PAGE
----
I never got to play Vault of Glass at the time, but thanks to Bungie bringing it out of the Destiny Content Vault, I got to experience it in Destiny 2. Since playing through the main campaign of Destiny, I thought about it a lot, until finally Destiny 2 was announced and I saw my re-entry point into the franchise. I heard it was going to be on PC, and I made plans to somehow get my hands on one to secure the best graphical and performance experience for myself when it arrived. 1500 hours of gameplay later, it is safe to say that I am an avid fan of Destiny and a believer in what Bungie has to offer. They do not always get things right, but they have only grown better at addressing community criticism and making good content.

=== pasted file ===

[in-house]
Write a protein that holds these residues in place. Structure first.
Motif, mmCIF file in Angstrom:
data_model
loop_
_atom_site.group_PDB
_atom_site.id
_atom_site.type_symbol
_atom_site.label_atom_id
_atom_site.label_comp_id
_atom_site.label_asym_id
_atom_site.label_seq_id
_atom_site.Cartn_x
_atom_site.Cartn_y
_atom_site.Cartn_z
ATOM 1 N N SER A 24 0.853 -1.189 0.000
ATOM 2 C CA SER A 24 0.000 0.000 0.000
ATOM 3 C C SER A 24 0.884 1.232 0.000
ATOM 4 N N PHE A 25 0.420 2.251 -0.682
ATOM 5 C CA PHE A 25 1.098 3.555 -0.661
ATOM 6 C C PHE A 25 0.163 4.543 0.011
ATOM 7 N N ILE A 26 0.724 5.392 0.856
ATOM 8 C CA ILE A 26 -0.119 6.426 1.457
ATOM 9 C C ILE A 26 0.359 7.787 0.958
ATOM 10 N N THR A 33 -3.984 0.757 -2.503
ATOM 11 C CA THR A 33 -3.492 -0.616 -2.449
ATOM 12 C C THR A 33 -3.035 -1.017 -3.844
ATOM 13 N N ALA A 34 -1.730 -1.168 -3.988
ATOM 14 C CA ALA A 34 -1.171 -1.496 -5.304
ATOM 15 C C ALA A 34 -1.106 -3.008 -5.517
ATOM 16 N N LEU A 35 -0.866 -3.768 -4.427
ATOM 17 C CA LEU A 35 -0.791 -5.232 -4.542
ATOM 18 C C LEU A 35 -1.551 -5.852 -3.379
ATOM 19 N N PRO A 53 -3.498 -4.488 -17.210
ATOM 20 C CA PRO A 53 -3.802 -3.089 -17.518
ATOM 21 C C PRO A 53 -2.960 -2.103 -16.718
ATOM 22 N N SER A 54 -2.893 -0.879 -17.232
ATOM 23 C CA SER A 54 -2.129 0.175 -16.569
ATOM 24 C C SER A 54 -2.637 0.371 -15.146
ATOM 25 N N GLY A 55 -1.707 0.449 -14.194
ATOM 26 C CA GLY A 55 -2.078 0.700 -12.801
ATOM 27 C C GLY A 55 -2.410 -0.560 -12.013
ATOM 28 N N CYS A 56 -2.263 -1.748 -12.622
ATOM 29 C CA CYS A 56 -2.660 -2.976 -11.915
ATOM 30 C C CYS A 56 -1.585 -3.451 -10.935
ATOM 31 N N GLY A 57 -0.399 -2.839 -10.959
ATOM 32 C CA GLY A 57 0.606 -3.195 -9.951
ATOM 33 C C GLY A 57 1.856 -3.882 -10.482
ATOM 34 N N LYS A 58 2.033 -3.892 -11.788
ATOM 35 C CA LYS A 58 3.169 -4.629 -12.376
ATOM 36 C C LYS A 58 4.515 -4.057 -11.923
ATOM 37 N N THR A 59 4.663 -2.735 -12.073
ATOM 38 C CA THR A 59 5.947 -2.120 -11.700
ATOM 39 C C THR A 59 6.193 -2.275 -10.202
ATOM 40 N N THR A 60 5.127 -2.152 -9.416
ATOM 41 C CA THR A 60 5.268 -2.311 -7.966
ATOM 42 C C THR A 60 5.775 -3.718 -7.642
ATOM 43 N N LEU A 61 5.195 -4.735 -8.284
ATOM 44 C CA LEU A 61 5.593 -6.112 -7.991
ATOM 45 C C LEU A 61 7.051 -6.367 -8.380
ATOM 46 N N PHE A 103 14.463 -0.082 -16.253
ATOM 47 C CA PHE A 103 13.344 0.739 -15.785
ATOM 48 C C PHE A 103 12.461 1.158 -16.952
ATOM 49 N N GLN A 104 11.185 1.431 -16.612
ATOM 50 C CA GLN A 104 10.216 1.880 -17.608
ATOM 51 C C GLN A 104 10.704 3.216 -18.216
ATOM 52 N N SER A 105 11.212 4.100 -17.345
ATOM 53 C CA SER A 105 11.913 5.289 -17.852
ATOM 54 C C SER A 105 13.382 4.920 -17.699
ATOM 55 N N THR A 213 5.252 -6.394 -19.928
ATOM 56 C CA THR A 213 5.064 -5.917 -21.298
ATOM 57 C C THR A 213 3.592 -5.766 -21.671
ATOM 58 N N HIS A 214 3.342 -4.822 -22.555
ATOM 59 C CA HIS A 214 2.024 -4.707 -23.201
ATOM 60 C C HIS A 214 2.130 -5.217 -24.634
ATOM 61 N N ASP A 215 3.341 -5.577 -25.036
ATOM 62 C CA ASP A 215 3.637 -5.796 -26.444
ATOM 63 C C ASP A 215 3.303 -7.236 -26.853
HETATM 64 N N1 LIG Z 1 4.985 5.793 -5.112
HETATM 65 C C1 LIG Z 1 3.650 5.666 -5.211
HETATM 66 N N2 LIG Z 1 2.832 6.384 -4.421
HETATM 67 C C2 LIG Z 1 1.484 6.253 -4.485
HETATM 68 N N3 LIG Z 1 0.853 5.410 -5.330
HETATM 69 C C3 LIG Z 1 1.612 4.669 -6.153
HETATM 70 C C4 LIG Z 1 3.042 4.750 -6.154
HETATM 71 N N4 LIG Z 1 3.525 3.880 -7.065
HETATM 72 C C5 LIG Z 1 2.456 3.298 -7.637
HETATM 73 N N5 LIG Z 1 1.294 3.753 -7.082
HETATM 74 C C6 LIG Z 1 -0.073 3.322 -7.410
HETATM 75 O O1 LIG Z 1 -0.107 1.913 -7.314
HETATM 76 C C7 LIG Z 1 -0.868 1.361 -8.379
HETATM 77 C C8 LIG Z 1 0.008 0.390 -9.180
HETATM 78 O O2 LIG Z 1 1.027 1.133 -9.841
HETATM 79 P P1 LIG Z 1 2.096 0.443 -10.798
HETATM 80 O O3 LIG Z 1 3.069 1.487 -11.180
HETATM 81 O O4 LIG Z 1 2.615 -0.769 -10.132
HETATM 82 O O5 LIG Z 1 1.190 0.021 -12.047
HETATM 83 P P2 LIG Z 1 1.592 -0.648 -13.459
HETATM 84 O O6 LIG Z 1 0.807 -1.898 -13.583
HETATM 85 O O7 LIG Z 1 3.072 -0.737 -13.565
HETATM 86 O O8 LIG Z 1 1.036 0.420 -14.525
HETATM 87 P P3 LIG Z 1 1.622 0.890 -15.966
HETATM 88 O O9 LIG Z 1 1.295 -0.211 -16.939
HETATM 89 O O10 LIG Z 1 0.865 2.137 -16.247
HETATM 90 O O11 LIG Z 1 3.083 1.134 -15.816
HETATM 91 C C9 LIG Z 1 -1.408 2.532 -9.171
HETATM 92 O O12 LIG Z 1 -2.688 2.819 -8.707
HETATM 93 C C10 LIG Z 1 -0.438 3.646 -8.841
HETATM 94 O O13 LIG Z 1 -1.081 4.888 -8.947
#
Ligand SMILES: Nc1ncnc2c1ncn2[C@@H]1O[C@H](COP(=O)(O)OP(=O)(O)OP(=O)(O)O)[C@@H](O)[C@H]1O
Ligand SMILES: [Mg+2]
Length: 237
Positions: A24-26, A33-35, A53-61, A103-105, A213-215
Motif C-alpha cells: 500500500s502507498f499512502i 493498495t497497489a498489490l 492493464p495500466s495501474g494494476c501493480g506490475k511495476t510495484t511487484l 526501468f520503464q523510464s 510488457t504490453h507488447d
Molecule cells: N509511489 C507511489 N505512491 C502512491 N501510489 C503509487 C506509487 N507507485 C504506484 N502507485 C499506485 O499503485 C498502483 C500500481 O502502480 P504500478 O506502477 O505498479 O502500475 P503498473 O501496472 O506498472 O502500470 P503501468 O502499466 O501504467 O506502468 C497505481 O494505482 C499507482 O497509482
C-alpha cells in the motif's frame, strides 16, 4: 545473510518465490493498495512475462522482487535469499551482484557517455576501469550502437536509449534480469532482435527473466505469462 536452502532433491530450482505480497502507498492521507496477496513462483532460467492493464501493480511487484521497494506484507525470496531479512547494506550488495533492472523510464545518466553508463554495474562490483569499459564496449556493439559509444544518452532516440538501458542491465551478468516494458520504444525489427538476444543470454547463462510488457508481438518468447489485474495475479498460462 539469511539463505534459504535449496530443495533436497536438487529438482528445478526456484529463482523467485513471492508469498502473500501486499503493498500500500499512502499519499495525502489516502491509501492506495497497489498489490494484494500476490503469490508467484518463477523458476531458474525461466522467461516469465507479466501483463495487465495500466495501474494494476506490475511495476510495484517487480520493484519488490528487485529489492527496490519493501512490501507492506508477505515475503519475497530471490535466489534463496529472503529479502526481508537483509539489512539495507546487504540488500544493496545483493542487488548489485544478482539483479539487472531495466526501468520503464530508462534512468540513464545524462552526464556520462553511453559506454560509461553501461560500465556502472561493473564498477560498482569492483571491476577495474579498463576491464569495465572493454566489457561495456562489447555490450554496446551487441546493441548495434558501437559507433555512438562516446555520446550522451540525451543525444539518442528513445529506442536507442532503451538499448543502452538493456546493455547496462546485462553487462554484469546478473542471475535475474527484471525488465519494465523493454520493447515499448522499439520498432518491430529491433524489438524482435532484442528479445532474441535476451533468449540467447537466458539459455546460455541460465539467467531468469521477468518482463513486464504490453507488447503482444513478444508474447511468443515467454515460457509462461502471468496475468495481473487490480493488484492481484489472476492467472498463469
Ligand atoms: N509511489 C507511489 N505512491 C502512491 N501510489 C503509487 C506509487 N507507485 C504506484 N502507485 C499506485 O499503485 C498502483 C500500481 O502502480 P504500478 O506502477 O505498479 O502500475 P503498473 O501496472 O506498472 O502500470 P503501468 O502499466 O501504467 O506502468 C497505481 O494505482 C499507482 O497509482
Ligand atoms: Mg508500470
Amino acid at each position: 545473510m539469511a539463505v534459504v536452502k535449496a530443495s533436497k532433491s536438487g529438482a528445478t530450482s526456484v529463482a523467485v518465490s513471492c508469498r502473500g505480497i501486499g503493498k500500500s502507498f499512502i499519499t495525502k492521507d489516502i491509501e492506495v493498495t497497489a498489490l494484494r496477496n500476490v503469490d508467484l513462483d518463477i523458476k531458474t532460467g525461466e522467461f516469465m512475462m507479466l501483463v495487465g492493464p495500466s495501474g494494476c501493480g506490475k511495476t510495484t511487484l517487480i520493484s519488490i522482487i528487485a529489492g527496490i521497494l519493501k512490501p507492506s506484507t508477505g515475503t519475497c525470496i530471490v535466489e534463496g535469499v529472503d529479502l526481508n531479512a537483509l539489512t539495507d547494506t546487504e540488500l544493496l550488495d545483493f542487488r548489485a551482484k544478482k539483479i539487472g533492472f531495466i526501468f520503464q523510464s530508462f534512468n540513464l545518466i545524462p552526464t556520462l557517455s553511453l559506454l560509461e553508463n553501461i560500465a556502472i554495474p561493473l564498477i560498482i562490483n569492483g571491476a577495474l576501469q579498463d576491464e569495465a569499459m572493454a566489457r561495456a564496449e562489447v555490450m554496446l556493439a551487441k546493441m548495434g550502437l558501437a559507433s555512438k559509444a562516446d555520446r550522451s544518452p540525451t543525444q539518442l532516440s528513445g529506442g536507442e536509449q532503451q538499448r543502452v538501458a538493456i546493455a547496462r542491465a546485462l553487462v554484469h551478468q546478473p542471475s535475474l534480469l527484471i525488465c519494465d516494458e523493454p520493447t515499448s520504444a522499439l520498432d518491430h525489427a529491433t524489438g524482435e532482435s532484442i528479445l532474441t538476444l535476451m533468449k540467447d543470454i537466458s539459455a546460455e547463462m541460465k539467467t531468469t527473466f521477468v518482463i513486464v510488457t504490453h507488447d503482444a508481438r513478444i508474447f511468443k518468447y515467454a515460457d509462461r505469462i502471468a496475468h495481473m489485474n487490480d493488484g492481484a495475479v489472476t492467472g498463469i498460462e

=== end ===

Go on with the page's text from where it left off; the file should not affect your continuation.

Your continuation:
Now, seven years have passed and Bungie is an independent, self-publishing studio free from the corporate overreach of Activision and the crunch that came with it. Destiny is still very much alive, with three more years of expansions on the way at the very least and a universe of trans-media storytelling in the works. Since the launch of Destiny, 12 raids have been released not including the reprised version of Vault of Glass, three dungeons have been introduced, five yearly expansions have come out, and a numbered sequel has been released. Not to mention the countless secret missions, the exotic quests, the unique weapons, characters, and more that have all been added to the game. Destiny is a constantly living and growing world, and that is more true now than ever. Storytelling in today’s game is vastly superior to that of the day one experience in Destiny 1 and even Destiny 2. Progression systems are streamlined and while the game may still not be as inviting to new players as it could be, the game does a good job of getting its core audience to come back week after week and season after season.